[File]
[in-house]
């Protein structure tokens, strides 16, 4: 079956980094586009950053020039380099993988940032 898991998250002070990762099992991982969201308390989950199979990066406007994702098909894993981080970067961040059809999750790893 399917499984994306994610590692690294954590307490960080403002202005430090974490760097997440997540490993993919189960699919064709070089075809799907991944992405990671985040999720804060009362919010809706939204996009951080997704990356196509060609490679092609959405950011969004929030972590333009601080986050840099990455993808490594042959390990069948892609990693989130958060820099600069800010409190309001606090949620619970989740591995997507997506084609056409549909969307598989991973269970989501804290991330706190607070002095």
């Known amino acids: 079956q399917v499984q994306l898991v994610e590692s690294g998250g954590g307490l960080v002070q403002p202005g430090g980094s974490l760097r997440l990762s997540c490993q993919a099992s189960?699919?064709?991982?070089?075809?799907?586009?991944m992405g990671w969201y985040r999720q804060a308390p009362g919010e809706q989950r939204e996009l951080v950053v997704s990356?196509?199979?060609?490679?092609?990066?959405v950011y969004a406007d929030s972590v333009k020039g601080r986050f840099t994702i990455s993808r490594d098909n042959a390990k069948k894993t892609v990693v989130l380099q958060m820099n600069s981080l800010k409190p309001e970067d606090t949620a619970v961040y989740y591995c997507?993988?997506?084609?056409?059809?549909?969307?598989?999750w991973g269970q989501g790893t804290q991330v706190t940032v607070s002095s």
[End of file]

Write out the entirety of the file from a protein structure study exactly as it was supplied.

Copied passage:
[in-house]
């Protein structure tokens, strides 16, 4: 079956980094586009950053020039380099993988940032 898991998250002070990762099992991982969201308390989950199979990066406007994702098909894993981080970067961040059809999750790893 399917499984994306994610590692690294954590307490960080403002202005430090974490760097997440997540490993993919189960699919064709070089075809799907991944992405990671985040999720804060009362919010809706939204996009951080997704990356196509060609490679092609959405950011969004929030972590333009601080986050840099990455993808490594042959390990069948892609990693989130958060820099600069800010409190309001606090949620619970989740591995997507997506084609056409549909969307598989991973269970989501804290991330706190607070002095």
């Known amino acids: 079956q399917v499984q994306l898991v994610e590692s690294g998250g954590g307490l960080v002070q403002p202005g430090g980094s974490l760097r997440l990762s997540c490993q993919a099992s189960?699919?064709?991982?070089?075809?799907?586009?991944m992405g990671w969201y985040r999720q804060a308390p009362g919010e809706q989950r939204e996009l951080v950053v997704s990356?196509?199979?060609?490679?092609?990066?959405v950011y969004a406007d929030s972590v333009k020039g601080r986050f840099t994702i990455s993808r490594d098909n042959a390990k069948k894993t892609v990693v989130l380099q958060m820099n600069s981080l800010k409190p309001e970067d606090t949620a619970v961040y989740y591995c997507?993988?997506?084609?056409?059809?549909?969307?598989?999750w991973g269970q989501g790893t804290q991330v706190t940032v607070s002095s």